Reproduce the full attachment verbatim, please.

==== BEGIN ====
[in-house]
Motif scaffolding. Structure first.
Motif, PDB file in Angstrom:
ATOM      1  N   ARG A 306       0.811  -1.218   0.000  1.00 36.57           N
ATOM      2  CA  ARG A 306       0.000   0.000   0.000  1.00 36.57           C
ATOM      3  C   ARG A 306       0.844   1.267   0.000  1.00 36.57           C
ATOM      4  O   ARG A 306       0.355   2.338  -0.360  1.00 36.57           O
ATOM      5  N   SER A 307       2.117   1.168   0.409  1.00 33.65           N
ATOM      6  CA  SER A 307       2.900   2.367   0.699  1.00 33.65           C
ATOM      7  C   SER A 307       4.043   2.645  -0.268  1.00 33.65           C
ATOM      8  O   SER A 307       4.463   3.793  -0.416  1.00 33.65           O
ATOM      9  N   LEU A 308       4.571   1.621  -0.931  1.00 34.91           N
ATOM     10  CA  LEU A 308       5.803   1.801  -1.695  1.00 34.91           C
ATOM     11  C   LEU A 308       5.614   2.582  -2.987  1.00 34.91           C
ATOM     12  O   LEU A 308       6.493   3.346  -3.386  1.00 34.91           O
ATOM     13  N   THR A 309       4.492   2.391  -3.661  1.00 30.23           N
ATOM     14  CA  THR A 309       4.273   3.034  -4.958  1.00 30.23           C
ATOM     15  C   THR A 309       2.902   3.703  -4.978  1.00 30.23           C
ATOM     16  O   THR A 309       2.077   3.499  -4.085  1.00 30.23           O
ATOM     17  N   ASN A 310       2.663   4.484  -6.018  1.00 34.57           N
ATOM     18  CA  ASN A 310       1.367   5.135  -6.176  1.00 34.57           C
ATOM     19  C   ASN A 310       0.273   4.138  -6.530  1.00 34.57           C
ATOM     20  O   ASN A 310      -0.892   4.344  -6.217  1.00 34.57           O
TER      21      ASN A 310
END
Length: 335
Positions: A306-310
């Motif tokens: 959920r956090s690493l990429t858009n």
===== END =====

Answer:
[in-house]
Motif scaffolding. Structure first.
Motif, PDB file in Angstrom:
ATOM      1  N   ARG A 306       0.811  -1.218   0.000  1.00 36.57           N
ATOM      2  CA  ARG A 306       0.000   0.000   0.000  1.00 36.57           C
ATOM      3  C   ARG A 306       0.844   1.267   0.000  1.00 36.57           C
ATOM      4  O   ARG A 306       0.355   2.338  -0.360  1.00 36.57           O
ATOM      5  N   SER A 307       2.117   1.168   0.409  1.00 33.65           N
ATOM      6  CA  SER A 307       2.900   2.367   0.699  1.00 33.65           C
ATOM      7  C   SER A 307       4.043   2.645  -0.268  1.00 33.65           C
ATOM      8  O   SER A 307       4.463   3.793  -0.416  1.00 33.65           O
ATOM      9  N   LEU A 308       4.571   1.621  -0.931  1.00 34.91           N
ATOM     10  CA  LEU A 308       5.803   1.801  -1.695  1.00 34.91           C
ATOM     11  C   LEU A 308       5.614   2.582  -2.987  1.00 34.91           C
ATOM     12  O   LEU A 308       6.493   3.346  -3.386  1.00 34.91           O
ATOM     13  N   THR A 309       4.492   2.391  -3.661  1.00 30.23           N
ATOM     14  CA  THR A 309       4.273   3.034  -4.958  1.00 30.23           C
ATOM     15  C   THR A 309       2.902   3.703  -4.978  1.00 30.23           C
ATOM     16  O   THR A 309       2.077   3.499  -4.085  1.00 30.23           O
ATOM     17  N   ASN A 310       2.663   4.484  -6.018  1.00 34.57           N
ATOM     18  CA  ASN A 310       1.367   5.135  -6.176  1.00 34.57           C
ATOM     19  C   ASN A 310       0.273   4.138  -6.530  1.00 34.57           C
ATOM     20  O   ASN A 310      -0.892   4.344  -6.217  1.00 34.57           O
TER      21      ASN A 310
END
Length: 335
Positions: A306-310
């Motif tokens: 959920r956090s690493l990429t858009n």